Older youths are matched with a mentor, and are the midwife for that youth’s genius. If a youth is particularly unruly, it is understood that this person is asking for guidance, and a mentor naturally emerges, someone who has been there in their place of difficulty once, someone in whom the youth can see their destiny. Once their genius is birthed, the elders offer their blessing by making space for the youth to serve the greater good. Elders are respected not only for their old age but also for their maturity. They are the ones that hold grievances, and from their knowledge and life experience they offer gentle guidance. The Elders are ancestors in training, and hold the wisdom of the living tradition. They are recognized and honored for doing so, for being an ancestor in training is hard.

This is Malidoma’s village. Can you see in their intentional relationships the threshold crossings of the spirit that create beauty? Do you recognize qualities of his village you know to be true for this village of a congregation? I witness beautiful relationships here between youth, mentors, and elders that have a quality of care that nourishes emergence and love. And I know we can be more intentional about doing this collectively as a village. Malidoma says don’t give up the moment there is tension. Tight connection, he says, creates friction and friction among people deepens their sense of belonging. We also need to remember that adults feel sometimes that society has treated their genius carelessly and they come to church restless, trying to remember why they are here. Adults need mentoring too.

Here in this village of a congregation, there are powers that can only be unleashed with such a supportive atmosphere, powers that unleash our ability to unlock potential in others and ourselves. When we feel connected to an entire community, this connection can extend far beyond the community into the living world, with our ancestors and with nature. We create watersheds of connection.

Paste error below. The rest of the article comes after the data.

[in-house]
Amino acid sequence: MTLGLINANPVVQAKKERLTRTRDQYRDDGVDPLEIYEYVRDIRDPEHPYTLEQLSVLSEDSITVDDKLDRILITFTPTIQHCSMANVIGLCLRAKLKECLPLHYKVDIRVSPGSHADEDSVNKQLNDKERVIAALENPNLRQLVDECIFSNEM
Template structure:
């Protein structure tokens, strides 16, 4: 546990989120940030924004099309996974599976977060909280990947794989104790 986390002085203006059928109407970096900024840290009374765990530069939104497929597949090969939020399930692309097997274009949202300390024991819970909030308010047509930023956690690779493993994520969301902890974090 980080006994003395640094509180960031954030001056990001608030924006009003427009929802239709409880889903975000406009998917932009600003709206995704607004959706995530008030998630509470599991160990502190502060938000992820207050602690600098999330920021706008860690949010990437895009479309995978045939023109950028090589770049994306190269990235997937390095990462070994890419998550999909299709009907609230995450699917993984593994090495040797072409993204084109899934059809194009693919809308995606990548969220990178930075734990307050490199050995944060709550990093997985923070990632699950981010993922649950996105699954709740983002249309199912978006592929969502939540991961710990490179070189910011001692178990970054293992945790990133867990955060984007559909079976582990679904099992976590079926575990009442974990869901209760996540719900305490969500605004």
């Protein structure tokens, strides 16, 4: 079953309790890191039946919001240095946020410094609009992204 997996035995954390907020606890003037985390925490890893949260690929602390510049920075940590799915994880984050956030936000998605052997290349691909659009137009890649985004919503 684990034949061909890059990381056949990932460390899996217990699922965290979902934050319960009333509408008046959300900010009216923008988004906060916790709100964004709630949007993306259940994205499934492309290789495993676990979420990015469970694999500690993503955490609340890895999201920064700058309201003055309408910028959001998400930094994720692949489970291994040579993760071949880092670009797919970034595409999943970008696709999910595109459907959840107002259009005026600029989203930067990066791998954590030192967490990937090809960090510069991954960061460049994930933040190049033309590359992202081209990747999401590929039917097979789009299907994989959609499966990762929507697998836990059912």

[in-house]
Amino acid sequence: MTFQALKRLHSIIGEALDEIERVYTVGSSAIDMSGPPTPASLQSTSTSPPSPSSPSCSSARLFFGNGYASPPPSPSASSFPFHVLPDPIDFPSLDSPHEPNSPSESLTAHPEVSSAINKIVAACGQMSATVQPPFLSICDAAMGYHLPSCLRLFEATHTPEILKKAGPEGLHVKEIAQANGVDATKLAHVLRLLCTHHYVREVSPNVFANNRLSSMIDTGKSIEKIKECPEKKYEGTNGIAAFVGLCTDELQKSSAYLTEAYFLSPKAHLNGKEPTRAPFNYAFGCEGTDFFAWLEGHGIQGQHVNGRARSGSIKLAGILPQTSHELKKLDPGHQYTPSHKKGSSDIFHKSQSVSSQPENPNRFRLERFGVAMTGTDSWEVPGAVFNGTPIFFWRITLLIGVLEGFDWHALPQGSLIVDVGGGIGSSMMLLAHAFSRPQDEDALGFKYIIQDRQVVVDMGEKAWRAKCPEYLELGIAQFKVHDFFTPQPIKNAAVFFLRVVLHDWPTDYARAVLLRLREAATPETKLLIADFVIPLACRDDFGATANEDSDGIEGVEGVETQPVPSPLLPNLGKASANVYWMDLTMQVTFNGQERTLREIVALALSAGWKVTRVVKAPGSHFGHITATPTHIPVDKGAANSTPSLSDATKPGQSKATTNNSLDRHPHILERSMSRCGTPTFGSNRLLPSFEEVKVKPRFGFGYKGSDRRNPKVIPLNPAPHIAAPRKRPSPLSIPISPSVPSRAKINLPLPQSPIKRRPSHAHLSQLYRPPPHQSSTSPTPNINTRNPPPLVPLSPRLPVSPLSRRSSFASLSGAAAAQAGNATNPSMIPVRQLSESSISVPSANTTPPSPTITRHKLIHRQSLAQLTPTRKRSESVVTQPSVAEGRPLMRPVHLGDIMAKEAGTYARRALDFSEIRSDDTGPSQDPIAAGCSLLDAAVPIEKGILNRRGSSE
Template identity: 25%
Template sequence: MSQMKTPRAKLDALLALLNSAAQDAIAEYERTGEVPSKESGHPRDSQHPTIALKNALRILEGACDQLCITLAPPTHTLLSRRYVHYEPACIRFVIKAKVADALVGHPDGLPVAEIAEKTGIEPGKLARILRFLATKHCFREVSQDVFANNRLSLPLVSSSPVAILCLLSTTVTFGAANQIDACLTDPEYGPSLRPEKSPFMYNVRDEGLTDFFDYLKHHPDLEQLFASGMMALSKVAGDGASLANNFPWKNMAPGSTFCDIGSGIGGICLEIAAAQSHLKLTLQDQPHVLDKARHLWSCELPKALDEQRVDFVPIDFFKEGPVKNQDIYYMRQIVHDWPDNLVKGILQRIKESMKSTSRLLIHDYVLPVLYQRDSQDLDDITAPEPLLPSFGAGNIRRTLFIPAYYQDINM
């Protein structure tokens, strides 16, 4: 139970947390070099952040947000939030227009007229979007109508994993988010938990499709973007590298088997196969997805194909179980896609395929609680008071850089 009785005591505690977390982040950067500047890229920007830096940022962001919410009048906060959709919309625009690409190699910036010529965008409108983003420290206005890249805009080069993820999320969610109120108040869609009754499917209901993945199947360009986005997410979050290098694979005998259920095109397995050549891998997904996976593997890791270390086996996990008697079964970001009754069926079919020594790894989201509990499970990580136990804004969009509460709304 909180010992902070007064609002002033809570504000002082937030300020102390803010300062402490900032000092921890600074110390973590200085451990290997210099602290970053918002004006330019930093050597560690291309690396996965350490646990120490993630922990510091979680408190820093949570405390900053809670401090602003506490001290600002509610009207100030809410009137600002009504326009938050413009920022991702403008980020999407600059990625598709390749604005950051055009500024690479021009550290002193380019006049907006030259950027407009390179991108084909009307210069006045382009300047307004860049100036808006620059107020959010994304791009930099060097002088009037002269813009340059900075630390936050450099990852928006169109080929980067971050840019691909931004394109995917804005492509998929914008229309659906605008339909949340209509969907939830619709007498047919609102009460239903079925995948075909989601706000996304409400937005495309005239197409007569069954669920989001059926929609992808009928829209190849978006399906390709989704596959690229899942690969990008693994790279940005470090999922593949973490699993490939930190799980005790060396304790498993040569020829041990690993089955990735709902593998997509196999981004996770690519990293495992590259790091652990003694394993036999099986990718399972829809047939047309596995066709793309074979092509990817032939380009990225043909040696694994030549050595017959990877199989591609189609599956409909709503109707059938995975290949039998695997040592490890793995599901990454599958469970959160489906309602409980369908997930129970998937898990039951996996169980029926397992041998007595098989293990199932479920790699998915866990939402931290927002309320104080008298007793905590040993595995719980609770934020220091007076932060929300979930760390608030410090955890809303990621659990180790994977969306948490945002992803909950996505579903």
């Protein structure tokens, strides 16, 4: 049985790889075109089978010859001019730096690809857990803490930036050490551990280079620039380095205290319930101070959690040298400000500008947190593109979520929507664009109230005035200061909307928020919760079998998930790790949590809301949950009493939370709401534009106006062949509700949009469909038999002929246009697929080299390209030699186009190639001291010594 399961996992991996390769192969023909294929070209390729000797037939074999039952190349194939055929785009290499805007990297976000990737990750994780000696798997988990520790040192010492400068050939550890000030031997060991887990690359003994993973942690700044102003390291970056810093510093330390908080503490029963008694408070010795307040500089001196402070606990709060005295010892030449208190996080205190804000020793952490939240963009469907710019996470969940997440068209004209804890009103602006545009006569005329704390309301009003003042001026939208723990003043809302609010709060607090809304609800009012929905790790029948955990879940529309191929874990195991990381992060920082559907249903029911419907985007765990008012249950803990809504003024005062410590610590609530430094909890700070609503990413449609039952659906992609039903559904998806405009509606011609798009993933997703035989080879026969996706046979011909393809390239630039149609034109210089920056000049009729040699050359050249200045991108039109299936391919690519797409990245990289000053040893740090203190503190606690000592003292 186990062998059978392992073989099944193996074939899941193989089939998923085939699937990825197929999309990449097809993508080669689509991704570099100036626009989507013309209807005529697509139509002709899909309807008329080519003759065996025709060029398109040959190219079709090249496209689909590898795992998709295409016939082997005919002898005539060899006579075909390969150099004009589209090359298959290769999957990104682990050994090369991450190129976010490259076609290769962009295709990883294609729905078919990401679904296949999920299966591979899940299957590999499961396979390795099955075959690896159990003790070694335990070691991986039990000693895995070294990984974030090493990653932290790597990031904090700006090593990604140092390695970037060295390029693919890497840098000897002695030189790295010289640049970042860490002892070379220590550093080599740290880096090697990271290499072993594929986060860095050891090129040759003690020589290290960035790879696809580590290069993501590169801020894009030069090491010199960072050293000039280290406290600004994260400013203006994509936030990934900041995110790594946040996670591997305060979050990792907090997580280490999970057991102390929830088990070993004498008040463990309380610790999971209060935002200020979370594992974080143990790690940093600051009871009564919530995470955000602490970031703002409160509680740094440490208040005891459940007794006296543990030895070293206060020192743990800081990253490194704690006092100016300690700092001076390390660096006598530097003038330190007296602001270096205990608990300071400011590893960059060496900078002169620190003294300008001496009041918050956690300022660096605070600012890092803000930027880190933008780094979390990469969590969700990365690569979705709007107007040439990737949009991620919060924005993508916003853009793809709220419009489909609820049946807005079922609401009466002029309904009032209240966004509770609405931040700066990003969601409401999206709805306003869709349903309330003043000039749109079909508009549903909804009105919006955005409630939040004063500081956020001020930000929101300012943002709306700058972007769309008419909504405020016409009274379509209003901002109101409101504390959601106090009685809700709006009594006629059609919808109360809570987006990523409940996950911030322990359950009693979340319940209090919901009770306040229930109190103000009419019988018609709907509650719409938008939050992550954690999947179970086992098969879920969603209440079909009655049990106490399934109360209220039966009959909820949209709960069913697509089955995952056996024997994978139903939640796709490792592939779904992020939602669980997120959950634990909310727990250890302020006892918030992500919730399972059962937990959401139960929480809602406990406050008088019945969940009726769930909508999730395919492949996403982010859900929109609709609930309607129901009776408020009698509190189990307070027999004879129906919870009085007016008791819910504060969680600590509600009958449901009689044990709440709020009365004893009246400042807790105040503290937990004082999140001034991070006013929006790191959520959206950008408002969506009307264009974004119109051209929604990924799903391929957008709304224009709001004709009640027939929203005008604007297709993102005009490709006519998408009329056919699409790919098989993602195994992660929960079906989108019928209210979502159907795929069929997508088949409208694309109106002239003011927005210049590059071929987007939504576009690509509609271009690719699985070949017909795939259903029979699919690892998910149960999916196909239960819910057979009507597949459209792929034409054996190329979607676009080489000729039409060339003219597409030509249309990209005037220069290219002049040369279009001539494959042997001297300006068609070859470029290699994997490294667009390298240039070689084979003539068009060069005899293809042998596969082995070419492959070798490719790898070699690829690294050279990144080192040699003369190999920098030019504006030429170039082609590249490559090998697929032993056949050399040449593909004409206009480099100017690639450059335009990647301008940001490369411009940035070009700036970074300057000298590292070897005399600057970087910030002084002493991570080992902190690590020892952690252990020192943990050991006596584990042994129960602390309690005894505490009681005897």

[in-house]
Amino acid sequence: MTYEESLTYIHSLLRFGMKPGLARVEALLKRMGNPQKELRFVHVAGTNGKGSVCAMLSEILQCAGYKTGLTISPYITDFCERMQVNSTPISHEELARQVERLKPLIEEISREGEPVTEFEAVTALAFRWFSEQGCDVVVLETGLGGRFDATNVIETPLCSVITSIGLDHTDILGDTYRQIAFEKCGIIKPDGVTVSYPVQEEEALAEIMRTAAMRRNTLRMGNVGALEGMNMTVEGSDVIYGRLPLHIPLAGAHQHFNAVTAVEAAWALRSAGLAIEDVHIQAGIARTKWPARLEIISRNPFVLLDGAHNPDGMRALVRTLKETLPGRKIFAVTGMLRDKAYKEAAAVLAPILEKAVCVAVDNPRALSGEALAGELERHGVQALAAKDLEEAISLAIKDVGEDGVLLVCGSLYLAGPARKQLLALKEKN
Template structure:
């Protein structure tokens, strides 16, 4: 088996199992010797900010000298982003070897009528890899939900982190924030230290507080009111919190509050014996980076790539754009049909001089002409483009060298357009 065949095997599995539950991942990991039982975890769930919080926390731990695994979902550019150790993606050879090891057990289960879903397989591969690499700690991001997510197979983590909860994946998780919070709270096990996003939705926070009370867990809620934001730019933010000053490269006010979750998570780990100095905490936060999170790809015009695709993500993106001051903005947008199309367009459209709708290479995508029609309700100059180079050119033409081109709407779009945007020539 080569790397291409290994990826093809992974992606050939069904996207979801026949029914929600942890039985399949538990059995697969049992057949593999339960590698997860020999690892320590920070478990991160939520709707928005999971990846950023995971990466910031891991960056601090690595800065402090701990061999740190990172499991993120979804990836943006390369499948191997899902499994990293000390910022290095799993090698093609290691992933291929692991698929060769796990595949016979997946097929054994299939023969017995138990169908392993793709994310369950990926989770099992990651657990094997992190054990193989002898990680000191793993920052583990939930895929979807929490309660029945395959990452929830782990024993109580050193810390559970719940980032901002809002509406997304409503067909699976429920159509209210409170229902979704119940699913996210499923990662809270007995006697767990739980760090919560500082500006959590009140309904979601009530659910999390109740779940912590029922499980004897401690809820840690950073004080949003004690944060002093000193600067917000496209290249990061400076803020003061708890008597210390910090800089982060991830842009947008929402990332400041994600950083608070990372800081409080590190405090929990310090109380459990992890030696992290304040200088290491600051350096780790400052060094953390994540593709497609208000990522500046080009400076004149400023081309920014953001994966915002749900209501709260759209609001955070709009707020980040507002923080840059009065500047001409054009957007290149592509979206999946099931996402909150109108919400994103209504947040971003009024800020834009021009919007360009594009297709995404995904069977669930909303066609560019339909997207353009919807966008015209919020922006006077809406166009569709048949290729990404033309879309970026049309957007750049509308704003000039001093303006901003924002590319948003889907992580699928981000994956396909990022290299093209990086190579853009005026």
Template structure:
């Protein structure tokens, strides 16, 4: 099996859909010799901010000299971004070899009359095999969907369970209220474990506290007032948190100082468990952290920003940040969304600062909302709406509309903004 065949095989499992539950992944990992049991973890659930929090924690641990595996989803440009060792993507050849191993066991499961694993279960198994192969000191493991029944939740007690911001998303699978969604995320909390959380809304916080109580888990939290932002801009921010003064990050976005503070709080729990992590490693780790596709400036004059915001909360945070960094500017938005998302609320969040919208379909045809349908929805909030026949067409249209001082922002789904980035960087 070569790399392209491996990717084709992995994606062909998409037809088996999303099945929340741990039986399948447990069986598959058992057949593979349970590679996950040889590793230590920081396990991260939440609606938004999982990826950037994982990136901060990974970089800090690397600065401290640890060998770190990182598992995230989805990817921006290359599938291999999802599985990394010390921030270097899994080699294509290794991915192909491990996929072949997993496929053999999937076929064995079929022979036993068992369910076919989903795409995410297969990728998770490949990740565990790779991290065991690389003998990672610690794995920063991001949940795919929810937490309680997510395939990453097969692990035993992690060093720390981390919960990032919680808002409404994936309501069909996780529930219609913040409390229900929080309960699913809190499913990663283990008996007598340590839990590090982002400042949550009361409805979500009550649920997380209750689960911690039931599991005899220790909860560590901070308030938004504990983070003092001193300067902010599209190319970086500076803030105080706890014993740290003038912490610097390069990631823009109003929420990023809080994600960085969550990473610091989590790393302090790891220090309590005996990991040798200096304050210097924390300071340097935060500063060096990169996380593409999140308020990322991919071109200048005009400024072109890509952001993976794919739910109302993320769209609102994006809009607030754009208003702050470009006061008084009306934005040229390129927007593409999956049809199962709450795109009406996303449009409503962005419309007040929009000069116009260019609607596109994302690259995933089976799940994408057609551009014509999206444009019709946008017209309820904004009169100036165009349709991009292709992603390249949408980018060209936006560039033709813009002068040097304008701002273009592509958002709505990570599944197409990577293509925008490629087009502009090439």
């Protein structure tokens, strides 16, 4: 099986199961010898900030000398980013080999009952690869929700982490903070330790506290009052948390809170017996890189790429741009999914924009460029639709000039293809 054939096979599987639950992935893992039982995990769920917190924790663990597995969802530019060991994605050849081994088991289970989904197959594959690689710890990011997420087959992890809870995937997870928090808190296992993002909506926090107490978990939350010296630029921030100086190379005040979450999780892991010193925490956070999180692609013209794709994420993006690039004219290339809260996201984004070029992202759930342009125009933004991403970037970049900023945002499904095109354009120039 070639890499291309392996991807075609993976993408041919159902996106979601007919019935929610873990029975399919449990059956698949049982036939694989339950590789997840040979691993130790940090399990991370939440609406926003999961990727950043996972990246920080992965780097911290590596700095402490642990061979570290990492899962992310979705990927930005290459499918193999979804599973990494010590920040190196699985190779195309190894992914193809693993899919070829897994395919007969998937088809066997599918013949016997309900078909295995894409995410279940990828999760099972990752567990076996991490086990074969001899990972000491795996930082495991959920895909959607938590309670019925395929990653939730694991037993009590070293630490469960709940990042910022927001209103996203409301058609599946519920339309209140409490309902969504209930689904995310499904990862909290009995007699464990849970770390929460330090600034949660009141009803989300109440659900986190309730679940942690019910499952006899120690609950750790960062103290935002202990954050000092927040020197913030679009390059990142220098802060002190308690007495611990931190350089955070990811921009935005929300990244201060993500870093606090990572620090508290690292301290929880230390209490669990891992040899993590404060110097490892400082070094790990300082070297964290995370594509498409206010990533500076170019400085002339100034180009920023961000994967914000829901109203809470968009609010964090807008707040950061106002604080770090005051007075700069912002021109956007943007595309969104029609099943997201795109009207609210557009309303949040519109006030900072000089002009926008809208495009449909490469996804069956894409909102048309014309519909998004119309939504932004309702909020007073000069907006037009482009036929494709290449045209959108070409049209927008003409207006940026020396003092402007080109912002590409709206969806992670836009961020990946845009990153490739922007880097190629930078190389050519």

The Buddhist have a practice of meditation that invites the brahmaviharas, the four heavenly abodes – loving kindness, compassion, joy in the joy of others, and equanimity. This meditation helps us truly see each other and our intrinsic connectivity and we are going to practice now. Please make sure you are sitting near someone.
(The Four Heavenly Abodes Meditation)
Welcome to the watershed.

Water Communion

In many indigenous cultures, water is the cosmological element that cools the fires, and reorients energy towards continuity and community. And its true, I think for most of us, that we often feel the need to return again and again to water for cleansing, reconciling, and making peace in the face of life’s challenges. And that water rituals such as this one, help us find balance, especially emotionally. The simple act of adding water to the common bowl helps us feel connected to a greater whole, and an expansiveness that holds our grief, relieves our strained relationships and invites peace into places of tension. As you bring water up consider something in your life that needs healing and offer this to the common bowl. Invite this spaciousness into your heart. May this congregation call you into beauty. May this community bless you and sustain you in the week and months to come.

In our opening hymn we sang, we shall be known by the ones who sow and reap the seeds of change, alive from deep within the earth. These lines remind of our ancestors whose wisdom, and teachings still inform what we do. A libation ceremony gives thanks for the gifts of our ancestor’s wisdom. In a few moments I will offer some of our community water in gratitude to the fichus tree and I ask that you take a moment and find two ancestors you want to name out loud, one from your family, and one from our UU tradition who guides you, whose wisdom and way of being you carry forth in your life. And I also ask that you call forth another ancestor with whom your relationship needs repair, one from your family, and one from our UU tradition, maybe this church. By offering the name of those from whom we feel estranged, we are recognizing that failures do not define us and that this relationship can still heal. The ancestors can still alive, ancestors in training, just as long as they just inform what you do. Let us begin with those that sustain you, please offer their names as pour the water. And now let us pour water to help heal the ancestors from whom we feel estranged.

Let us end as we began singing “Let Us Be Known”

Closing Words

Blessed be this community of memory and hope, which in its coming together, and in its sharing of joy and sorrow, struggle and triumph, blesses all who come here, and makes these waters holy. Go forth, renewed, offering your unique and beautiful thirst quenching love.